Boasting the most durable democratic government in the Muslim world, a booming and open economy, global trade ties, civilian control over the military and a seat inside NATO, Turkey is proof that Western-style governance, politics and economics can thrive in a Muslim country. Yet Turkey’s clumsy support for the anti-Assad rebels exposed the limits of Ankara’s ability to influence events in the region.[xvii]  Worse, Ankara’s harsh crackdown against the Taksim Square protests triggered a broad-based backlash across the country—and marred Turkey’s image as a consensus-based democracy.  

The UAE’s commitment to economic freedom has fueled a booming economy. A thousand American companies have offices in the UAE, with 60,000 Americans working there.[xviii]  The UAE participates in a range of U.S.-led security efforts—stability operations in Afghanistan, reconstruction and training efforts in Iraq, sanctions against Iran, missile defense, NATO’s regional partnership, the Container Security Initiative.[xix]  UAE diplomats brokered the transfer of power in Yemen, and UAE pilots enforced the no-fly zone over Libya. However, the UAE’s politics are largely shaped by regime selections rather than popular elections. Highly restrictive sharia law governs much of the public space. And political activity is circumscribed.[xx]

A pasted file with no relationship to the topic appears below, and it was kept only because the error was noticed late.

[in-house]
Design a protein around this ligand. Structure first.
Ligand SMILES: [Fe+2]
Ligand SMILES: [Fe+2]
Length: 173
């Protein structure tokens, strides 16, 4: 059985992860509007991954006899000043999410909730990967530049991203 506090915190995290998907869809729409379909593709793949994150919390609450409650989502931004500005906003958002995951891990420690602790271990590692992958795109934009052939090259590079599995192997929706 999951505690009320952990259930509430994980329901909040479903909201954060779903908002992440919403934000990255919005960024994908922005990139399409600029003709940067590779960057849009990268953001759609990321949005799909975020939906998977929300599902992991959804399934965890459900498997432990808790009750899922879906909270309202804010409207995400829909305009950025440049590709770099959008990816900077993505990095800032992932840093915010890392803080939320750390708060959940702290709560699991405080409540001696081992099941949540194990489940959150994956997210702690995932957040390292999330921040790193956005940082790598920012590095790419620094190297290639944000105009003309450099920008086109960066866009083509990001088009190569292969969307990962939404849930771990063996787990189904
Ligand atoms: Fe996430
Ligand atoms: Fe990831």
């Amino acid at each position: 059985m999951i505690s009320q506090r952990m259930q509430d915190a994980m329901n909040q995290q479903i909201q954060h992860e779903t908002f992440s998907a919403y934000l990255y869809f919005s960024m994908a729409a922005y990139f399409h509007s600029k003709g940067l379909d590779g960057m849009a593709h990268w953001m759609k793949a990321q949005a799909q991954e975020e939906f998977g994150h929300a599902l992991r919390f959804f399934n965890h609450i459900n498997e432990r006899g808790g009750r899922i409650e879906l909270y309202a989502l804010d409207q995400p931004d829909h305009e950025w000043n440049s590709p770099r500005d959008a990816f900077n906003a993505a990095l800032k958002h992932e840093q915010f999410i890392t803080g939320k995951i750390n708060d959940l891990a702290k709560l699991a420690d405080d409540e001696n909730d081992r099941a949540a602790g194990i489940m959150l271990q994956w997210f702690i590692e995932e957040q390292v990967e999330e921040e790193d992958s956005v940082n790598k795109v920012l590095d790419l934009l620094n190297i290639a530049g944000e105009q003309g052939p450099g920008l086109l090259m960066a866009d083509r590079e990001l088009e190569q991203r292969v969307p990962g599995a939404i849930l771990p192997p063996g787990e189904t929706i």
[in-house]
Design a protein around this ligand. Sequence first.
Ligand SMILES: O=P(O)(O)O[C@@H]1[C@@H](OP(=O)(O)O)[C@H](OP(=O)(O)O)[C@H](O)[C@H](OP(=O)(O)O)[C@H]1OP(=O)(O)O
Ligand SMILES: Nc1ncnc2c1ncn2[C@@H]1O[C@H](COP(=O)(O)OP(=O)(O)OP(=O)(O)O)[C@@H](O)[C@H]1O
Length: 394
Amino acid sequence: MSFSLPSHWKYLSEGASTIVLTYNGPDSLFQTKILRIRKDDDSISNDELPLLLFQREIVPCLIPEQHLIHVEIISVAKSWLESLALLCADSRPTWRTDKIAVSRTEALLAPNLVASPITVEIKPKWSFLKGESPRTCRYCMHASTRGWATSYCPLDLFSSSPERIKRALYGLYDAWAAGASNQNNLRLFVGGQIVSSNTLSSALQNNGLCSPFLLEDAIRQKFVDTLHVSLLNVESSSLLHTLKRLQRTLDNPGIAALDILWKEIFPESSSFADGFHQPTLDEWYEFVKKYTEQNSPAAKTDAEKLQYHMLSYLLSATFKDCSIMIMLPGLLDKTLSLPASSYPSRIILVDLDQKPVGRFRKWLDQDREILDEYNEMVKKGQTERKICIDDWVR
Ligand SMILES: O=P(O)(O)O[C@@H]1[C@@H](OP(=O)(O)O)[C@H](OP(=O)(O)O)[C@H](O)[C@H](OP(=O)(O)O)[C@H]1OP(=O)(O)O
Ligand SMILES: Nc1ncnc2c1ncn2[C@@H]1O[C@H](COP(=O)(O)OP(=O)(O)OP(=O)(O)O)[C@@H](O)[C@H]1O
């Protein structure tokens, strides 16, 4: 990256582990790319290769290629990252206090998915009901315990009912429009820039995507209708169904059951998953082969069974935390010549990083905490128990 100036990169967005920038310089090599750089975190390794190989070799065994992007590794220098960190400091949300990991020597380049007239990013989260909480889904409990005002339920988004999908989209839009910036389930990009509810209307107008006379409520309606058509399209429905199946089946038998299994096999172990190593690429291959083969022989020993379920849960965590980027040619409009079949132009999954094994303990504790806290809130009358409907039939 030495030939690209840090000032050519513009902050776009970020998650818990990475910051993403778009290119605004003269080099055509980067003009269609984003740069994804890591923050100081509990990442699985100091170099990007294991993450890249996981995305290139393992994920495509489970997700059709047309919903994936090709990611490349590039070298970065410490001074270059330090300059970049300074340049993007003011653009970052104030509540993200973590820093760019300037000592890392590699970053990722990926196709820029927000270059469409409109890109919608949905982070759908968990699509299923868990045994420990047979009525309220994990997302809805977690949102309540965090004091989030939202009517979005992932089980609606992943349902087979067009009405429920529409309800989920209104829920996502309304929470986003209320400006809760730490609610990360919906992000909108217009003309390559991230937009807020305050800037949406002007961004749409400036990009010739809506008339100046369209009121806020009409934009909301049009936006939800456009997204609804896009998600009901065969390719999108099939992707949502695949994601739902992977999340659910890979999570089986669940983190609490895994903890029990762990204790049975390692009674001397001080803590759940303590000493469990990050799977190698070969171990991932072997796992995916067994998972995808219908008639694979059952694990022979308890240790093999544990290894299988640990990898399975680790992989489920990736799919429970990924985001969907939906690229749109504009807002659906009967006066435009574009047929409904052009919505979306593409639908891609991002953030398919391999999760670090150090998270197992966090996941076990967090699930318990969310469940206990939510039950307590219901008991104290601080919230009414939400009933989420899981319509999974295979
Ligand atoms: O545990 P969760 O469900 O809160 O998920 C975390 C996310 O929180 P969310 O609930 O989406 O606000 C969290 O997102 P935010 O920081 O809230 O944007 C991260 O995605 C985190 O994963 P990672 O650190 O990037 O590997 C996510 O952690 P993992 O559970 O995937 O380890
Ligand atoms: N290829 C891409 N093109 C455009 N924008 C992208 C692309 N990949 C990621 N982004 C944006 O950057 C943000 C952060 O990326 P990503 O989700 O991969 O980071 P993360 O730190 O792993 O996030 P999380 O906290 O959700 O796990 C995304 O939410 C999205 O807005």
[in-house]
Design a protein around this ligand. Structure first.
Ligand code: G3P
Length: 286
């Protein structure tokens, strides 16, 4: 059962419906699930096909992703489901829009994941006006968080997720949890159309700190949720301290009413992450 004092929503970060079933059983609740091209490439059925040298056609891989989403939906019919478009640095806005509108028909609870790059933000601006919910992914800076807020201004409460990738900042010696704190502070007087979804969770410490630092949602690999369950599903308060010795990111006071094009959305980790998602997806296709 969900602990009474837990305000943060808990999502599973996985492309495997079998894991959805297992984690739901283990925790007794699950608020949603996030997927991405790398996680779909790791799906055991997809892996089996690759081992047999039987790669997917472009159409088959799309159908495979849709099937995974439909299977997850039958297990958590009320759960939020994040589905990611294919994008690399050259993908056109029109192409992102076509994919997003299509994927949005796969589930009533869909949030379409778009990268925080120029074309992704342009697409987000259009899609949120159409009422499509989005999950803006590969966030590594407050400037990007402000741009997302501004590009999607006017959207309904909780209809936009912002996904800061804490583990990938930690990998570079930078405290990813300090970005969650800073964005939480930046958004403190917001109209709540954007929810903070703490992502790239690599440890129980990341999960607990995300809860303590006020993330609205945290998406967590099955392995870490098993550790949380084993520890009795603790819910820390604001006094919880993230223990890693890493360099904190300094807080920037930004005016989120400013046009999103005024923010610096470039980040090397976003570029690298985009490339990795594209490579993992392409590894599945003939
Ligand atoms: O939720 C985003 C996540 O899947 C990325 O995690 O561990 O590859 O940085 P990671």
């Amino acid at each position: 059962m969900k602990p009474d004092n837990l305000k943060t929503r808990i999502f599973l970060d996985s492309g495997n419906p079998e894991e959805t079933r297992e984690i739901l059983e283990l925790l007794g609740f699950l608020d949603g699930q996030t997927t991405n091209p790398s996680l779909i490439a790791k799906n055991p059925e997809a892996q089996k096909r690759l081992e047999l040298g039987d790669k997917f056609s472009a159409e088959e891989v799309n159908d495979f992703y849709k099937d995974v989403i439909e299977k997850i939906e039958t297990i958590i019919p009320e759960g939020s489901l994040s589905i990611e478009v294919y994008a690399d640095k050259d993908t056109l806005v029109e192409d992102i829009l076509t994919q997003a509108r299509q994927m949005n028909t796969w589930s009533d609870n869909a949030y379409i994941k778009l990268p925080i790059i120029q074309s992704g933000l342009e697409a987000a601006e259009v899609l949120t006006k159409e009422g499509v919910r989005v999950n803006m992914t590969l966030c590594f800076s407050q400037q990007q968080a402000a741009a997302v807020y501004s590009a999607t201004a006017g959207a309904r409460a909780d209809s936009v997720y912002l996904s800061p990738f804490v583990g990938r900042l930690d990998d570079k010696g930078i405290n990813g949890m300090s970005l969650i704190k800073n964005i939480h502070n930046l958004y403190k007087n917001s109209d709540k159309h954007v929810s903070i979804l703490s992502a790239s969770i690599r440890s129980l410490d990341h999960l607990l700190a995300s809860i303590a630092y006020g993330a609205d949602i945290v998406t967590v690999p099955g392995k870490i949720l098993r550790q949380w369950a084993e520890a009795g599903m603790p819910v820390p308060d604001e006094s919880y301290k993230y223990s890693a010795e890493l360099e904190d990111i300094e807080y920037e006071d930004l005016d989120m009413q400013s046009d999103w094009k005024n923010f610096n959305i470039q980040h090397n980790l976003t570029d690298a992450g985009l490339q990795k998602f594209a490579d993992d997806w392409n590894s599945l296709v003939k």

Similarly, neighboring Qatar is a land of contrasts: It boasts high levels of economic freedom; hosts a key U.S. airbase and missile-defense radar; armed rebels in Libya and Syria; and deployed air and ground forces to support NATO’s Libya operations. Yet Qatar is an autocracy that constrains political activity, civil society and individual freedoms. Freedom House describes Qatar as “not free.”[xxi]